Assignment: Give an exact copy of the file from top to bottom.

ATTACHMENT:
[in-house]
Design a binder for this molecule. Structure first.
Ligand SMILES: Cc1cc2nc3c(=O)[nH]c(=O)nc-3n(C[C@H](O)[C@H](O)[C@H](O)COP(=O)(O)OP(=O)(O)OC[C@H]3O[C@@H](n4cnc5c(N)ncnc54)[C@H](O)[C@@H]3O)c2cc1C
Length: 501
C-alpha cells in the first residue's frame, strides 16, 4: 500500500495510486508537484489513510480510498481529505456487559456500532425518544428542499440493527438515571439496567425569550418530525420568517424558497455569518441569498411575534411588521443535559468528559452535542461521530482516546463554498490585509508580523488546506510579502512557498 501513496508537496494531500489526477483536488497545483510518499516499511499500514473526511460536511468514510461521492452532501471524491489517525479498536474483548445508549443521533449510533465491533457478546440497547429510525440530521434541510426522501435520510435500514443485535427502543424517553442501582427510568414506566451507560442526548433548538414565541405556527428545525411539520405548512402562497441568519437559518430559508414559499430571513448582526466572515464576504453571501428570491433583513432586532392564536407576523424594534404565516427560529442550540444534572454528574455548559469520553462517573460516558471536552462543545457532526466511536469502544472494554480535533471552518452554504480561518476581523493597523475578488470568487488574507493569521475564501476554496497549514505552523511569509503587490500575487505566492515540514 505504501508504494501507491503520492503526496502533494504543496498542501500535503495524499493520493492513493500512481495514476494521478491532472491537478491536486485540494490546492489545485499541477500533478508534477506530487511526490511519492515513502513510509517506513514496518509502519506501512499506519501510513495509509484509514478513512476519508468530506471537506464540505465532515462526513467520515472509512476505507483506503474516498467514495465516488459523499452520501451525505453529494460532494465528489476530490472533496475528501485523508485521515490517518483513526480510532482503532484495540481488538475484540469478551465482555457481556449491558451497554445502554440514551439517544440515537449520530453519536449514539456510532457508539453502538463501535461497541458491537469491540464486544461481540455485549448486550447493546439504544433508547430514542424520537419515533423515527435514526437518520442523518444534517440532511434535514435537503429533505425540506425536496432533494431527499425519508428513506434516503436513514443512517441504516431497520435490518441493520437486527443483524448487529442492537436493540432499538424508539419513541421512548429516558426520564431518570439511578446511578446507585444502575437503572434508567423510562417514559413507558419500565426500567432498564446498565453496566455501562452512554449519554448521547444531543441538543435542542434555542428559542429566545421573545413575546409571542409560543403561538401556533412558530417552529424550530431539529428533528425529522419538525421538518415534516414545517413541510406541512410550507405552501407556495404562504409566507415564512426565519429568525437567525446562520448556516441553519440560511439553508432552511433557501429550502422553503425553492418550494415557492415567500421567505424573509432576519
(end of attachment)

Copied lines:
[in-house]
Design a binder for this molecule. Structure first.
Ligand SMILES: Cc1cc2nc3c(=O)[nH]c(=O)nc-3n(C[C@H](O)[C@H](O)[C@H](O)COP(=O)(O)OP(=O)(O)OC[C@H]3O[C@@H](n4cnc5c(N)ncnc54)[C@H](O)[C@@H]3O)c2cc1C
Length: 501
C-alpha cells in the first residue's frame, strides 16, 4: 500500500495510486508537484489513510480510498481529505456487559456500532425518544428542499440493527438515571439496567425569550418530525420568517424558497455569518441569498411575534411588521443535559468528559452535542461521530482516546463554498490585509508580523488546506510579502512557498 501513496508537496494531500489526477483536488497545483510518499516499511499500514473526511460536511468514510461521492452532501471524491489517525479498536474483548445508549443521533449510533465491533457478546440497547429510525440530521434541510426522501435520510435500514443485535427502543424517553442501582427510568414506566451507560442526548433548538414565541405556527428545525411539520405548512402562497441568519437559518430559508414559499430571513448582526466572515464576504453571501428570491433583513432586532392564536407576523424594534404565516427560529442550540444534572454528574455548559469520553462517573460516558471536552462543545457532526466511536469502544472494554480535533471552518452554504480561518476581523493597523475578488470568487488574507493569521475564501476554496497549514505552523511569509503587490500575487505566492515540514 505504501508504494501507491503520492503526496502533494504543496498542501500535503495524499493520493492513493500512481495514476494521478491532472491537478491536486485540494490546492489545485499541477500533478508534477506530487511526490511519492515513502513510509517506513514496518509502519506501512499506519501510513495509509484509514478513512476519508468530506471537506464540505465532515462526513467520515472509512476505507483506503474516498467514495465516488459523499452520501451525505453529494460532494465528489476530490472533496475528501485523508485521515490517518483513526480510532482503532484495540481488538475484540469478551465482555457481556449491558451497554445502554440514551439517544440515537449520530453519536449514539456510532457508539453502538463501535461497541458491537469491540464486544461481540455485549448486550447493546439504544433508547430514542424520537419515533423515527435514526437518520442523518444534517440532511434535514435537503429533505425540506425536496432533494431527499425519508428513506434516503436513514443512517441504516431497520435490518441493520437486527443483524448487529442492537436493540432499538424508539419513541421512548429516558426520564431518570439511578446511578446507585444502575437503572434508567423510562417514559413507558419500565426500567432498564446498565453496566455501562452512554449519554448521547444531543441538543435542542434555542428559542429566545421573545413575546409571542409560543403561538401556533412558530417552529424550530431539529428533528425529522419538525421538518415534516414545517413541510406541512410550507405552501407556495404562504409566507415564512426565519429568525437567525446562520448556516441553519440560511439553508432552511433557501429550502422553503425553492418550494415557492415567500421567505424573509432576519